THE leadership rumblings that emerged at the weekend have robbed the federal government of the headlines it hoped would help to improve its political fortunes.
Yesterday additional payments were to start flowing to 3.2 million pensioners, but, despite the Prime Minister’s best efforts to spruik the positive news, other issues occupied centre stage.
Joel Fitzgibbon, the chief government whip, was apparently sounding out his labor colleagues about bringing Kevin Rudd back from the reserve bench and into the top job.
The story broke at the same time friction emerged within Labor ranks about a deal with Gina Rinehart that will enable her to recruit foreign labor to work at the massive Roy Hill iron ore project in Western Australia.
Many Labor MPs and the union movement, which supports the party, are up in arms.
The head of Fair Work Australia also dismissed claims by embattled MP Craig Thomson that the tribunal had acted with bias during its investigations into his use of union funds when he headed up the Health Services Union.
His evidence at a parliamentary inquiry fueled the Thomson story for another day.
Then came the news a major engineering enterprise was sinking and with it thousands of jobs.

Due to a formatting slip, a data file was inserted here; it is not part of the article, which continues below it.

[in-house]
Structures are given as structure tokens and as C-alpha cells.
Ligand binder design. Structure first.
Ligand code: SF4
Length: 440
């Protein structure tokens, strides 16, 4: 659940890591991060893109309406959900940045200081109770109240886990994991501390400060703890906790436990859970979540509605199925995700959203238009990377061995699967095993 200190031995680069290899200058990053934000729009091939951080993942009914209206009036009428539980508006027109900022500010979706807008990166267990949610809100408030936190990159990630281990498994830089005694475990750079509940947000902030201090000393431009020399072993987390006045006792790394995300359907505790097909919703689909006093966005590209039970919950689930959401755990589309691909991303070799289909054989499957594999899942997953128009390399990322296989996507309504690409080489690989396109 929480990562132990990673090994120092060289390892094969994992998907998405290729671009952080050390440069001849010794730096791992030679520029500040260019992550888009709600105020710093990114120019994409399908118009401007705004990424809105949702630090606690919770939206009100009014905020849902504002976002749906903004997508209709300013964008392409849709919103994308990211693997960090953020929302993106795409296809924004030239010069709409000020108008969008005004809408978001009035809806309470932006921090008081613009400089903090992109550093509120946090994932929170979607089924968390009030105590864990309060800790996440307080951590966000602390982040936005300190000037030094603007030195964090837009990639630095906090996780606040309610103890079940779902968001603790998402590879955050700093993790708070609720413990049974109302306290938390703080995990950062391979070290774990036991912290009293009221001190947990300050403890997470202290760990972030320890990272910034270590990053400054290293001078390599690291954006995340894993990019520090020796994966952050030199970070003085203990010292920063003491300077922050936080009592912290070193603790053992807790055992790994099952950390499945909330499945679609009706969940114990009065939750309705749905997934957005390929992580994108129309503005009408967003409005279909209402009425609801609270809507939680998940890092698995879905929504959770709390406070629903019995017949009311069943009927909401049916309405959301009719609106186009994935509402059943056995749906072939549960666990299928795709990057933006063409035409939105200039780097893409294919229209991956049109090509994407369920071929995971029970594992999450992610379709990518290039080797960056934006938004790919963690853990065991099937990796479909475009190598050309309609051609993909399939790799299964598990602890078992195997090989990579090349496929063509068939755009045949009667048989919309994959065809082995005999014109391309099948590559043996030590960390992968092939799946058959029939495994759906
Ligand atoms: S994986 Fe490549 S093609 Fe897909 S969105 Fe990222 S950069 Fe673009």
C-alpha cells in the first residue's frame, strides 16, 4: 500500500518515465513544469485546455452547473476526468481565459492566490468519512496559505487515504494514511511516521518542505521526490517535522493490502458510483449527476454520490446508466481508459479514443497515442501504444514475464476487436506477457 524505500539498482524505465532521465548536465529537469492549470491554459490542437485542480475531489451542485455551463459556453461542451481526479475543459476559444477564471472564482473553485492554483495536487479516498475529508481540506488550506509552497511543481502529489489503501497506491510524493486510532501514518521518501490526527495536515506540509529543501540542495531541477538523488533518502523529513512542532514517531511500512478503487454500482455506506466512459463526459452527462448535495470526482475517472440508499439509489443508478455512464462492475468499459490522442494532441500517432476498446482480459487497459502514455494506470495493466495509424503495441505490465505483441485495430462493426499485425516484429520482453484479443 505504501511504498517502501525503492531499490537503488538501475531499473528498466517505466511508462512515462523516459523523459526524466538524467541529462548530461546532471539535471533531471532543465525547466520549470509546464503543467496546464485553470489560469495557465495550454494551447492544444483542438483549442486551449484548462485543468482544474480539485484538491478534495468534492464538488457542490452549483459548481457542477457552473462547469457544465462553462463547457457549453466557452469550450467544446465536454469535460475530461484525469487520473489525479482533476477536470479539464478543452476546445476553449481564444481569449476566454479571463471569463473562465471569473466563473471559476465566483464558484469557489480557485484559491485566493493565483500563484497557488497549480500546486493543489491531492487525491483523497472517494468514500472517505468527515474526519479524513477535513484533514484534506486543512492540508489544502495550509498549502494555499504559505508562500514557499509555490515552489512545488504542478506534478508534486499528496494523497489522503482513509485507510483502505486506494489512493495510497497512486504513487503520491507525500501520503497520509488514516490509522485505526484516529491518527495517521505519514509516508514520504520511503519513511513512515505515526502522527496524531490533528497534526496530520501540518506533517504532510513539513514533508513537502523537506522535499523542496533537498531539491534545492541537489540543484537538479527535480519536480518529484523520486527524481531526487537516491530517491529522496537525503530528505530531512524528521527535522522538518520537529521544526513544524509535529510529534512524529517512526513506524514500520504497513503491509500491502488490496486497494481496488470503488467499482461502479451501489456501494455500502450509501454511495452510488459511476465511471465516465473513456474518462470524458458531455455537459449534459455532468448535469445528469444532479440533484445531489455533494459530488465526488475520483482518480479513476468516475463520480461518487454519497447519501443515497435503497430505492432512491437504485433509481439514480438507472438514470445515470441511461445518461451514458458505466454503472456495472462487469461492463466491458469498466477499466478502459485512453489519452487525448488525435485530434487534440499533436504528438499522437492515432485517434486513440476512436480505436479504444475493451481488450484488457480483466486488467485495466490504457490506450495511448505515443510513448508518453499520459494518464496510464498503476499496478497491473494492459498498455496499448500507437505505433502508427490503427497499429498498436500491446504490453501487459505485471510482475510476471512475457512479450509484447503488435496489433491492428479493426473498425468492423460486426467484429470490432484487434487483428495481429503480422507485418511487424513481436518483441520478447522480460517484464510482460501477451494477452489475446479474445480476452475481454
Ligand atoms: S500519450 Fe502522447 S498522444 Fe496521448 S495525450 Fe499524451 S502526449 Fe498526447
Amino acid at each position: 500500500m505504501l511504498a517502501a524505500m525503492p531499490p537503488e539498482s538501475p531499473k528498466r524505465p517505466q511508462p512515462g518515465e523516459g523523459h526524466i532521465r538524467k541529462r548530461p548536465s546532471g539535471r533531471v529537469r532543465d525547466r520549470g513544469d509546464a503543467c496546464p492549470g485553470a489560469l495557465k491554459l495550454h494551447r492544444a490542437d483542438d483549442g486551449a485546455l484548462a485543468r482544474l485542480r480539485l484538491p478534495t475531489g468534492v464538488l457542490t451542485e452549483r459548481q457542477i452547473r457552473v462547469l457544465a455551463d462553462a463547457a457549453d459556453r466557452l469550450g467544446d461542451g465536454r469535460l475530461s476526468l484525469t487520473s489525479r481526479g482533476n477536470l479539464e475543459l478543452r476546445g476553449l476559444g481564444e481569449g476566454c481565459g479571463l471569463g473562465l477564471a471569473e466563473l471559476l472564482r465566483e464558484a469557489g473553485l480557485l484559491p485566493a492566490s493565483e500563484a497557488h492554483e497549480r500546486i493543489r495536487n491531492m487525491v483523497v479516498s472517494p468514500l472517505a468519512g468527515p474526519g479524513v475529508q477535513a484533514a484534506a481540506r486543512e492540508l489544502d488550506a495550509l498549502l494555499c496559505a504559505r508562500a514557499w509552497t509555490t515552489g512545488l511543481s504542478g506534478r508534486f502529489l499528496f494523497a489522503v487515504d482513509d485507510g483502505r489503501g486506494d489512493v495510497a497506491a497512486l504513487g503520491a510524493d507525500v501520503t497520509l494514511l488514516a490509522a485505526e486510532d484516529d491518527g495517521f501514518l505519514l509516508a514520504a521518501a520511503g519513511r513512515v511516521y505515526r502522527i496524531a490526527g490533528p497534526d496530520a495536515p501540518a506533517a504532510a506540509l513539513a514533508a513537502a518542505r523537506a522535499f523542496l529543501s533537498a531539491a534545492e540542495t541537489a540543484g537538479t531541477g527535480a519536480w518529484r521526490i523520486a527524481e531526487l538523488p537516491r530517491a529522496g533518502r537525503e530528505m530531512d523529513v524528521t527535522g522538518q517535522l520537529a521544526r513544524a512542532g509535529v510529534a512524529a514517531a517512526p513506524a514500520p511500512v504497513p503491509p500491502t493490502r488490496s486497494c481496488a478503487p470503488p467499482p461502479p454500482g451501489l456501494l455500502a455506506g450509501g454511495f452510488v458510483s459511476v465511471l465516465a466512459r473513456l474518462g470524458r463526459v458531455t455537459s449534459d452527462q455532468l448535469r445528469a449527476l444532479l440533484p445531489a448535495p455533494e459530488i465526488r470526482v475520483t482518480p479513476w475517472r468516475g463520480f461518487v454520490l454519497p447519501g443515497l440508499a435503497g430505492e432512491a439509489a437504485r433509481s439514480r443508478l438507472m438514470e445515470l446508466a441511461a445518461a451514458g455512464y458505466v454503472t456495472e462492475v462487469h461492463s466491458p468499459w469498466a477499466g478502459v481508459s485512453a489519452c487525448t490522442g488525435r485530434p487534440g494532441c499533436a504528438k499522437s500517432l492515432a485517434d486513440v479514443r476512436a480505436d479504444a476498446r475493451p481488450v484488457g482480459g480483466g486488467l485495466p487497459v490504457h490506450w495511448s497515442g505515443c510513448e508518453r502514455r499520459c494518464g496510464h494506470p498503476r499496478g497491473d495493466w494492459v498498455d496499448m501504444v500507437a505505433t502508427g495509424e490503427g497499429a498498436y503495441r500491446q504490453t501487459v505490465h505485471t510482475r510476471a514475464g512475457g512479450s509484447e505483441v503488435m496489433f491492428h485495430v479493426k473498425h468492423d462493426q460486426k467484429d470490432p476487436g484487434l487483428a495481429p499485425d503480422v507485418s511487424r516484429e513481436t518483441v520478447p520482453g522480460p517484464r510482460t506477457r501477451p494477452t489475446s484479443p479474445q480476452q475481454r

It is news no government wants to hear, especially on the back of major job losses at Qantas and an aluminium smelter in the Hunter Valley last week.
The latter happens to be in Mr Fitzgibbon’s electorate.
Julia Gillard is not phased by the latest round of speculation about her leadership, but she should be. The government has repeatedly shown it has great difficulty, at times, delivering its message, even to those within its ranks.
The Rinehart deal, we were told, was news to the Prime Minister, yet it had been agreed on months earlier but remained unknown to most in the caucus.
There are serious problems within the operation of the Gillard government and a growing number of MPs are now asking who is to blame.
And with that talk comes speculation about the leader’s future.